Easy upcycled planters that make a great container garden
Garden Gate staff
Don’t break the bank on expensive pottery when you can make these easy upcycled planters out of your thrift store treasures for a truly unique container garden!
Save money with upcycled containers
Forget spending lots of money on a shiny new planter: Make do with what you have for a container garden that is truly unique. These easy upcycled planter ideas use items you may already have around the house. If not, you can easily find them or something similar at a thrift shop or junkyard. Think about the plants you can buy now that you are saving money on the pots! Feel the excitement, and click through our slideshow below to get the ideas flowing.
You could choose a decorative container for this upcycled project. But if you have a plain nursery pot or less-than-attractive container, just slip it into the framework of an old chair. Select plants with a trailing form like this bougainvillea (Bougainvillea hybrids) to help hide a plain looking pot.
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Having a party and want to dress up your patio? Put together a tray of these charming little single-plant containers made of glass light shades. To keep the tray clean, remove the containers to water and let them drain before you return them. These less-than-4-in. containers can hold plants that bloom longer than a fresh cut flower arrangement, but they are still small and probably won’t thrive there all summer. When it’s no longer blooming, move it into your garden and enjoy it there next year.
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You may never have seen tire planters like these before! Forget the idea that less is more and throw restraint to the wind — spray paint several tires in sunny colors and stack them up for tiered raised beds that can’t help but be noticed.
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Plant up a lunchbox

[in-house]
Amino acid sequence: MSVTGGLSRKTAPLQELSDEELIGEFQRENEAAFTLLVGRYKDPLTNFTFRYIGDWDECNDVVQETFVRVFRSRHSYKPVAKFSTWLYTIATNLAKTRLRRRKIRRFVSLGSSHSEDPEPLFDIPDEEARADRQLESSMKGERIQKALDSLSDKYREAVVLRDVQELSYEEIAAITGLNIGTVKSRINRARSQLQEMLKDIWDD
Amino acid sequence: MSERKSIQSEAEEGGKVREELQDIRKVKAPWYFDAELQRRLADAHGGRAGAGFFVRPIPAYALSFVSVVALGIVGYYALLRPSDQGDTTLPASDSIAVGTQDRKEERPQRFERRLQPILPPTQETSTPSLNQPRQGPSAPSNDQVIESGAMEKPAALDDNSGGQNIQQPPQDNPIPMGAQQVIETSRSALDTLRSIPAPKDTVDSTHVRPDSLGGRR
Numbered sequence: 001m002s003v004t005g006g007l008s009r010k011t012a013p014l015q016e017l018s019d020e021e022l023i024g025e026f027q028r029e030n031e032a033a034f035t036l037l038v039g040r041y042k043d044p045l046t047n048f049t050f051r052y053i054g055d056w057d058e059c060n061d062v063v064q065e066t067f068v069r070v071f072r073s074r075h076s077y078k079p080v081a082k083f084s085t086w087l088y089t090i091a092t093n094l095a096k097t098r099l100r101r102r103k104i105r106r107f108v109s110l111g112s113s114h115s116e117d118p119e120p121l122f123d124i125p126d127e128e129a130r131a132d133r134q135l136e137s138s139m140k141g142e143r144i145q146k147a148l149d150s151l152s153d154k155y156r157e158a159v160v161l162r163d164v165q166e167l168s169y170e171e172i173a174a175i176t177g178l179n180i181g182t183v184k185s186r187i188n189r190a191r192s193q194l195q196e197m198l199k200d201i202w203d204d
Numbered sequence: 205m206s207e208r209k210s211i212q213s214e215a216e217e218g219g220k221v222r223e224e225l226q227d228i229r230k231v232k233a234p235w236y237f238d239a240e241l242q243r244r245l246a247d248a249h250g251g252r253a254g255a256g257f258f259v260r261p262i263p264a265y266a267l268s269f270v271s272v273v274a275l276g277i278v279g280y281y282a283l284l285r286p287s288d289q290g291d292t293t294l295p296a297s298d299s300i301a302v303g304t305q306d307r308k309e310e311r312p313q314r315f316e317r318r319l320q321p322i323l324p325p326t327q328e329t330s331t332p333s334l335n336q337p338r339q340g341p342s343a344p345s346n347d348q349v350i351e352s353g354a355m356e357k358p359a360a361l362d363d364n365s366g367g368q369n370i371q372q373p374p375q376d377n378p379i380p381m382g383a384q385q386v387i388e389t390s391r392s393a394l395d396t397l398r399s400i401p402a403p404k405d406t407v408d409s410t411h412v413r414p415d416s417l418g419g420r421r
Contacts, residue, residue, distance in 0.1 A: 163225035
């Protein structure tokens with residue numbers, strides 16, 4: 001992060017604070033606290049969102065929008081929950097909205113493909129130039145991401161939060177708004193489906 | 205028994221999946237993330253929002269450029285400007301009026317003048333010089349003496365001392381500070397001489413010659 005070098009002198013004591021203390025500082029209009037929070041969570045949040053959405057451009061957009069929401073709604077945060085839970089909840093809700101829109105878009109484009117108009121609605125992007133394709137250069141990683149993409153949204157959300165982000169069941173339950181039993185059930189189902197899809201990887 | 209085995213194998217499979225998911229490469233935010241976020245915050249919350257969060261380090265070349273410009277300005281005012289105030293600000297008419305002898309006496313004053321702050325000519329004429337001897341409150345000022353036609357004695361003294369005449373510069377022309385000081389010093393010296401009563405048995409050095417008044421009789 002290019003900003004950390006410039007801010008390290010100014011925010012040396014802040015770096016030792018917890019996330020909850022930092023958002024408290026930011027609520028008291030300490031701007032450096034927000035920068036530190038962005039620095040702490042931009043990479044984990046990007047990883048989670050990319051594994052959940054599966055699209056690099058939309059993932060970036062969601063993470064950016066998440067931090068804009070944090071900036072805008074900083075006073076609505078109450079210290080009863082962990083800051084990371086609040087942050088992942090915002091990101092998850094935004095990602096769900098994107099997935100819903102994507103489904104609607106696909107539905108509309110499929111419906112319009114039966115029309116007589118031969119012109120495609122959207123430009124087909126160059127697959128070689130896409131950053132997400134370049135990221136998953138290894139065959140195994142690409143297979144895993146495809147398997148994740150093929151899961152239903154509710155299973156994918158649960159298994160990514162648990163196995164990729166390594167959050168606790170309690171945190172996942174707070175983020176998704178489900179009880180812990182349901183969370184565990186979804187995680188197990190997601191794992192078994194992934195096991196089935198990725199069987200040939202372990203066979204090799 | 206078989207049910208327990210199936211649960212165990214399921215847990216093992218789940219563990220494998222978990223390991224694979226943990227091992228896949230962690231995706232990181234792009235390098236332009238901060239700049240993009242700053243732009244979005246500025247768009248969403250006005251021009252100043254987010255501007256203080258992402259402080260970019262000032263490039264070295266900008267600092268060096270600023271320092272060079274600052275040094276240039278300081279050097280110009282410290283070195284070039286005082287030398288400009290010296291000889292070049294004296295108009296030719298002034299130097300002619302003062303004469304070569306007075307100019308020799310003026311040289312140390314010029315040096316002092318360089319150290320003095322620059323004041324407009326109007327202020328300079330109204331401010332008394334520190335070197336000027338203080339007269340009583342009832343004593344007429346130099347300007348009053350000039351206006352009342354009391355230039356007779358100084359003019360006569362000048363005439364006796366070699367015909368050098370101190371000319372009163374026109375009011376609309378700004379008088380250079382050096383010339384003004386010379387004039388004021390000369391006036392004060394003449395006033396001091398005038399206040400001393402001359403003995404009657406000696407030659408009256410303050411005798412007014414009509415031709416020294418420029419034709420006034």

Because of the small container and big plants, this is a short-term planting. But that’s OK when you’re putting together something showy for fall. You won’t need it to perform for several months. About the time school is starting in late summer, punch a few drainage holes in the bottom of an old lunchbox, like this, with an awl. We put two holes at each end. Put the box on a board while you put the holes in so the tool doesn’t dent the bottom out of shape.
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Find a colander made of a solid piece of aluminum with holes punched in it, like the one here. Loop some wire through the holes nearest the rim and hang the colander with the wire hanger from an old hanging basket. Filled with a coarse potting mix, it makes a well-drained container for any combo, including small succulents and herbs.
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The brightly colored flowers filling this vintage double washtub have grown so well they billow over the edge like bubbles. You could plant directly in the tub or slip a couple of large nursery pots inside. Growing plants will eventually hide them.
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